Murphy S, Maerz R, Sheets V, McLaughlin V, Beck M, Johnston WM, Firestone AR. Adherence and side effects among patients treated with oral appliance therapy for obstructive sleep apnea. J Dent Sleep Med. 2020;7(1)
Obstructive sleep apnea (OSA) is a sleep-related breathing disorder, affecting millions in the United States and worldwide. It has been estimated that one in five adults experiences at least mild OSA.1,2 Untreated OSA is associated with a number of important behavioral, social and medical morbidities including systemic hypertension, cardiovascular disease, stroke, insulin resistance, depression, anxiety, and impaired cognitive function.2 Continuous positive airway pressure (CPAP) is the most commonly prescribed treatment for OSA and is highly effective in reducing the number of apneas and hypopneas per hour of sleep; measured by the apnea-hypopnea index (AHI). However, adherence to treatment with CPAP is low among patients, especially those with moderate to mild OSA.3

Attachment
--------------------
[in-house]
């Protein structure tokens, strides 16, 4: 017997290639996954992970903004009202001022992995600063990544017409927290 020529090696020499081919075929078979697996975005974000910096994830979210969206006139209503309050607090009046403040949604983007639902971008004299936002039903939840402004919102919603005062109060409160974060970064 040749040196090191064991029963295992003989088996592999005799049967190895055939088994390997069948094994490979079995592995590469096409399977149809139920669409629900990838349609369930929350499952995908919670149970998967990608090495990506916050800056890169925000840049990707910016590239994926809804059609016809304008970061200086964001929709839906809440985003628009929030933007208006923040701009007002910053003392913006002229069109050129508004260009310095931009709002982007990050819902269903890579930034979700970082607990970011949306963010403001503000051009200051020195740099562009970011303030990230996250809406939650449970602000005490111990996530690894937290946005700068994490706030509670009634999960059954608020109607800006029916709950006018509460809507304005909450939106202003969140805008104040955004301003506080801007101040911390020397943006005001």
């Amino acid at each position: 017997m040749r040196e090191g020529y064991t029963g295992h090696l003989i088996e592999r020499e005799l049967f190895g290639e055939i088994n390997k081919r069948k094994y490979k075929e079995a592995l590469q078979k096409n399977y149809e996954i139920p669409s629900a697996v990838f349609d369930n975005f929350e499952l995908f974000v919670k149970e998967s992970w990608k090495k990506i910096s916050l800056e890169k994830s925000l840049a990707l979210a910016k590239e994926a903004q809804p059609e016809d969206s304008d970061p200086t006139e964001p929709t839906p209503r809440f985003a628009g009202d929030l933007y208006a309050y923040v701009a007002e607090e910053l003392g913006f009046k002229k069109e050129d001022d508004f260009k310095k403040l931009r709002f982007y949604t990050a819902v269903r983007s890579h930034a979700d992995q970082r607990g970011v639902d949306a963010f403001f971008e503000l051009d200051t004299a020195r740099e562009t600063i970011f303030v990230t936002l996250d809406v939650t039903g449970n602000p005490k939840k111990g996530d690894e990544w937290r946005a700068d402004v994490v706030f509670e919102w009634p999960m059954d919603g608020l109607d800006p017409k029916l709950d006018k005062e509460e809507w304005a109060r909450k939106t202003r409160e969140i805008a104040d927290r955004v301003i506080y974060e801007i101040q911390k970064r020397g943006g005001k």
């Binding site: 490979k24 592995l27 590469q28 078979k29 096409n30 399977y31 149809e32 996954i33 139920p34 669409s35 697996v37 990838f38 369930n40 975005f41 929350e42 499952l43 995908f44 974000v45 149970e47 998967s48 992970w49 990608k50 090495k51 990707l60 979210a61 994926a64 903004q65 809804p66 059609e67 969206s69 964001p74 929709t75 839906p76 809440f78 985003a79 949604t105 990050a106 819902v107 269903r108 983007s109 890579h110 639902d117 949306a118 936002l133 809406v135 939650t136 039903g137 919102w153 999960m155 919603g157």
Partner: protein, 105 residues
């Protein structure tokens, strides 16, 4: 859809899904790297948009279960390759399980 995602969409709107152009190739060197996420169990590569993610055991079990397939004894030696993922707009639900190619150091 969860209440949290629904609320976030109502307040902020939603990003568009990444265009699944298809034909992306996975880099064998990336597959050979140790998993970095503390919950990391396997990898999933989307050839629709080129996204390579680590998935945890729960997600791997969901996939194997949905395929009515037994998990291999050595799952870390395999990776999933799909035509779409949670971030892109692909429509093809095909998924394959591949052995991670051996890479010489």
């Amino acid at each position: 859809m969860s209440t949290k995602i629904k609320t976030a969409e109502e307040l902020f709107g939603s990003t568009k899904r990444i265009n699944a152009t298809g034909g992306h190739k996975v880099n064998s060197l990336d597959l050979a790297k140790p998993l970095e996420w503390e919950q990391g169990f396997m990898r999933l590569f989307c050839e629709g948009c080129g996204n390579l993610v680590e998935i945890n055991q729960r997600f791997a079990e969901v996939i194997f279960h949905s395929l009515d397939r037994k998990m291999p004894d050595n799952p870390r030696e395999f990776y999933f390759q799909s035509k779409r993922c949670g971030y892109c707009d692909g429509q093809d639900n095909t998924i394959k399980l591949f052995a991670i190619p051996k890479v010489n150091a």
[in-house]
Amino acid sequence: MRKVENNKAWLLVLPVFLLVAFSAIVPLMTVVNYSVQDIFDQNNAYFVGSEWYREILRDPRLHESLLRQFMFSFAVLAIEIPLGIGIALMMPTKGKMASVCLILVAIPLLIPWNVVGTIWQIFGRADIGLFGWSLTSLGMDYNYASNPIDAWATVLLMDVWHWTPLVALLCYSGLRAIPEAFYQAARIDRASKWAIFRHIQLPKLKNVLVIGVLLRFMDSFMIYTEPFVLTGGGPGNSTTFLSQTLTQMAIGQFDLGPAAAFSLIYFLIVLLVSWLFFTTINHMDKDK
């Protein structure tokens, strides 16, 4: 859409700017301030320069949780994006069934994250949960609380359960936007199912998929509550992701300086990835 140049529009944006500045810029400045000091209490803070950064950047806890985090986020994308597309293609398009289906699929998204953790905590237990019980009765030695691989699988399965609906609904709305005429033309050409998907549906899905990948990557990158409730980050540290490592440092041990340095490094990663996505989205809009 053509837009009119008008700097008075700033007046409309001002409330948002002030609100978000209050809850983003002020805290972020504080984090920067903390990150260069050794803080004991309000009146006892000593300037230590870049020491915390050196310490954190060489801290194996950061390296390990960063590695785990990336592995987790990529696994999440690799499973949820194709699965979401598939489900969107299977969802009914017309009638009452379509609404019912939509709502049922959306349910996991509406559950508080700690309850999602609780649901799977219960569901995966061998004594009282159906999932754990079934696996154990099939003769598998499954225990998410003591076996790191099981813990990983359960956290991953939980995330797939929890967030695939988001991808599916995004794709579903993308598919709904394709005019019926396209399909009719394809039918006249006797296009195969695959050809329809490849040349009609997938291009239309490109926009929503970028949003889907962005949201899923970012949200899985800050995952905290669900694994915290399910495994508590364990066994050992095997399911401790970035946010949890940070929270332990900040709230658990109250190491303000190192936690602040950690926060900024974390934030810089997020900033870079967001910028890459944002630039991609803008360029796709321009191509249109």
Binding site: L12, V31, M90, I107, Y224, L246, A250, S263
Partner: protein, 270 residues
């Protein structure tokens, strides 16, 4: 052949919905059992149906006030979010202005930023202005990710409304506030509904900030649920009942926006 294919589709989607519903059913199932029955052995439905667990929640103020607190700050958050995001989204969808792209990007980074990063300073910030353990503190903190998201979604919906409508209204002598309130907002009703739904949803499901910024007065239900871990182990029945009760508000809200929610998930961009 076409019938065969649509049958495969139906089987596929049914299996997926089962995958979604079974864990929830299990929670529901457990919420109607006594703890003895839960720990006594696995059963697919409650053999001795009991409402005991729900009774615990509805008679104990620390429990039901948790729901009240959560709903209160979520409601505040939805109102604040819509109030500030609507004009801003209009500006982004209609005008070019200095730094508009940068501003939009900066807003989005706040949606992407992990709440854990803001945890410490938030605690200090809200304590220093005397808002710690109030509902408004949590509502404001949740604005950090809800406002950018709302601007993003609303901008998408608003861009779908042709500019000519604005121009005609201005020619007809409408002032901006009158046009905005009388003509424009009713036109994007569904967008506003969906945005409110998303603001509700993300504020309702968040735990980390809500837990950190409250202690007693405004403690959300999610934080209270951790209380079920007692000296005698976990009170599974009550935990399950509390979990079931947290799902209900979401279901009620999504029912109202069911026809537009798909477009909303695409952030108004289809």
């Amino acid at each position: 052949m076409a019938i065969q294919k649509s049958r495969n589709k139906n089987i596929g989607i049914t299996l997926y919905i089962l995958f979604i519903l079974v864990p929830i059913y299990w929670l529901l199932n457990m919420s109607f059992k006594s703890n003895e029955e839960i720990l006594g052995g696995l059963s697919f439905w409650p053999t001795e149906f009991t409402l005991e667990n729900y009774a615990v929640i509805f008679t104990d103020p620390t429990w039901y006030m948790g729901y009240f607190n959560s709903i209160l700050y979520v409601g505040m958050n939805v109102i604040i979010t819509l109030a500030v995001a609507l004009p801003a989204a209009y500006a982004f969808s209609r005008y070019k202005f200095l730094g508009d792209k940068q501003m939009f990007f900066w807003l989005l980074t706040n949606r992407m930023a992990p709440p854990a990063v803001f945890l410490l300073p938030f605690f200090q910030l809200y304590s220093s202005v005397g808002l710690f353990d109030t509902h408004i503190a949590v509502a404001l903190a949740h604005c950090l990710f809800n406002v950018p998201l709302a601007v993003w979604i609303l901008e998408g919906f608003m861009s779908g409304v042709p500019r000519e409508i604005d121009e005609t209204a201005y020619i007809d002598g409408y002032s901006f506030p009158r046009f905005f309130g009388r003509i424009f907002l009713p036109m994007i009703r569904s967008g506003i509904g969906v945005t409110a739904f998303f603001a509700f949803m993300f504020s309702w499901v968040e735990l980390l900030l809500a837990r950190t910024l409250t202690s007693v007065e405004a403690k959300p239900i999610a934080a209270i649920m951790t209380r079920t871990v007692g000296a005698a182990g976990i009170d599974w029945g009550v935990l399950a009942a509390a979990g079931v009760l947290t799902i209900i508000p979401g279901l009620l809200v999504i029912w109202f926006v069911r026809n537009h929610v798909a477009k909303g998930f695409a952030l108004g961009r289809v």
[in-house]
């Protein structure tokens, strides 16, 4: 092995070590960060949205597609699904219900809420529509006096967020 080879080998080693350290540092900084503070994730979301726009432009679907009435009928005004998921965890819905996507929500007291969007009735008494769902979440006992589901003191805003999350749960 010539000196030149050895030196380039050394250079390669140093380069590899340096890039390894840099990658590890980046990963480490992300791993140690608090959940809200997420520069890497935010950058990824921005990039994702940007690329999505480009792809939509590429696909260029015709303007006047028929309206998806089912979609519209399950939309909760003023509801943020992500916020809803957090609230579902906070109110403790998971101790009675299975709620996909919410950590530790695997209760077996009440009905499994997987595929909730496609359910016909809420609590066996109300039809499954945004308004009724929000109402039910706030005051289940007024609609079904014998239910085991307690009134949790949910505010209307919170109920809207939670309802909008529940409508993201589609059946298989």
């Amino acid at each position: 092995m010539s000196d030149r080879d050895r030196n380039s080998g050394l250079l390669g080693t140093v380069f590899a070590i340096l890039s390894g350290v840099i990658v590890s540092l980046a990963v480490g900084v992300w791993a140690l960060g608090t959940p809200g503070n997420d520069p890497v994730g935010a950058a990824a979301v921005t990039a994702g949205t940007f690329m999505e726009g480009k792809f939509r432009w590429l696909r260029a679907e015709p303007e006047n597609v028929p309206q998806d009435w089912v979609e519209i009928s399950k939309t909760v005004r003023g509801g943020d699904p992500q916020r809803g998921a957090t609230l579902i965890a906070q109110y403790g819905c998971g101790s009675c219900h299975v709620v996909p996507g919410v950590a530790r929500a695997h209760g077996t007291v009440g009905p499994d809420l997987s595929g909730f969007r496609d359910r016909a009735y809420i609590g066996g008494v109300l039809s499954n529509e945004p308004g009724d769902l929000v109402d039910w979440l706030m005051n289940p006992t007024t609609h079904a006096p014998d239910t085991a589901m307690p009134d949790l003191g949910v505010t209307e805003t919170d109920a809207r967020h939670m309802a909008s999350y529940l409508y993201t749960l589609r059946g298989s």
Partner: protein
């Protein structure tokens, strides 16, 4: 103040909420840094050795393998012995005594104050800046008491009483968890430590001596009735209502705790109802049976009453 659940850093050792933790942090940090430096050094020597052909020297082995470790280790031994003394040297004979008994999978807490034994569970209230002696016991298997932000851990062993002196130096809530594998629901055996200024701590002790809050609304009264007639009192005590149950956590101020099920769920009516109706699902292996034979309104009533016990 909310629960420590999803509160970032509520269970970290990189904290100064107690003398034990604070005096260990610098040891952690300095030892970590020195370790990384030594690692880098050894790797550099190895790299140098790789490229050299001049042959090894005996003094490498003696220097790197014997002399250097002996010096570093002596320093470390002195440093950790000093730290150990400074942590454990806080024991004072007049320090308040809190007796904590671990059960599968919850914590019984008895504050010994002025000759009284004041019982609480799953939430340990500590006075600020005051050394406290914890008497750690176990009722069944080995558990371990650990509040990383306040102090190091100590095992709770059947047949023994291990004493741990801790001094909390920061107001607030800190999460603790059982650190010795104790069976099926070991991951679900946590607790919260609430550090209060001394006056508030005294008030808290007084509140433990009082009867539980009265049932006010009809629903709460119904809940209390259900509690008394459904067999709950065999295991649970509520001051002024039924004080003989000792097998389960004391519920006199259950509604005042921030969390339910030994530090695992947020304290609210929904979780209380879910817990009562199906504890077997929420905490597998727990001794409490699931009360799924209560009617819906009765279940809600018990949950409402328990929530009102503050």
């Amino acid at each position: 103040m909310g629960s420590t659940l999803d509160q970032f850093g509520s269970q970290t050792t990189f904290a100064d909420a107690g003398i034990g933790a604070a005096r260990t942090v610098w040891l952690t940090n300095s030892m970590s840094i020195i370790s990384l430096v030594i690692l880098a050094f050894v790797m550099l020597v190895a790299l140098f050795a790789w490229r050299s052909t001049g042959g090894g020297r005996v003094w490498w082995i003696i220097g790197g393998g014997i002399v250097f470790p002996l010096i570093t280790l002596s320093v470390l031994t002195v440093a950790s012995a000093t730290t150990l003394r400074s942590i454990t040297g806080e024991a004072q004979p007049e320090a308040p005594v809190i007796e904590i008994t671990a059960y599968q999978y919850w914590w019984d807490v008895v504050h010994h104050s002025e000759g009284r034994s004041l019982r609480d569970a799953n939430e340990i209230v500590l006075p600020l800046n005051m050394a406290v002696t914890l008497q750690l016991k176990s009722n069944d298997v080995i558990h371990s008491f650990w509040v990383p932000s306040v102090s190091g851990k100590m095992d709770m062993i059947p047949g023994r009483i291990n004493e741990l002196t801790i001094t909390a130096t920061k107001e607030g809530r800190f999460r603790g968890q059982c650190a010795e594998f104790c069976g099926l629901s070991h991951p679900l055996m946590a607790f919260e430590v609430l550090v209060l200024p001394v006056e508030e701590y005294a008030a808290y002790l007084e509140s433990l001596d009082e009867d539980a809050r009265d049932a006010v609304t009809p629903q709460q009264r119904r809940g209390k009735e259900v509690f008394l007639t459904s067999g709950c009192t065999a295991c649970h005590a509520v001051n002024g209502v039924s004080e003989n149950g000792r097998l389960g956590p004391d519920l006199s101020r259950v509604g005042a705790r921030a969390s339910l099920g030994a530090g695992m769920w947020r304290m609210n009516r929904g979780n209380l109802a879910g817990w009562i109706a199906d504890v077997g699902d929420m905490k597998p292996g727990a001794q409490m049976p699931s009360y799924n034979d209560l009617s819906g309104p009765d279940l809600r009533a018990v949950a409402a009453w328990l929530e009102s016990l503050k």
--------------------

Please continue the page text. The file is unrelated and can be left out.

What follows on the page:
Oral appliances are an accepted first-line treatment for those who have mild and moderate sleep apnea, and an alternative for those patients who have severe sleep apnea and cannot tolerate or refuse CPAP therapy. 4 Oral appliances position the mandible forward, resulting in increased airway patency and preventing upper airway obstructions. They have also demonstrated successful improvement of respiratory parameters including reducing oxygen desaturation index, increasing lowest arterial oxygen saturation, and reducing AHI to fewer than 10 events per hour. 5,6 Oral appliances and CPAP have also been shown to achieve similar reductions in systolic and diastolic blood pressure.7 Studies have found the overall success rate, the ability of oral appliances to reduce AHI to fewer than 10 events per hour, to be 54% and a reduction in snoring of 42%.6
Although oral appliances have been shown to effectively decrease symptoms of OSA, there are associated adverse effects including tooth movement, jaw pain, tooth pain, and hypersalivation, which have led patients to discontinue treatment. 6,8 Although adverse effects such as hypersalivation or xerostomia, pain, and discomfort are considered transient, significant occlusal changes including reductions in overjet, overbite, and the number of posterior contacts are progressive in nature and have been found to correlate with long-term OA use, particularly after at least 1 year of use. 8-11 These adverse effects affect patient adherence to treatment.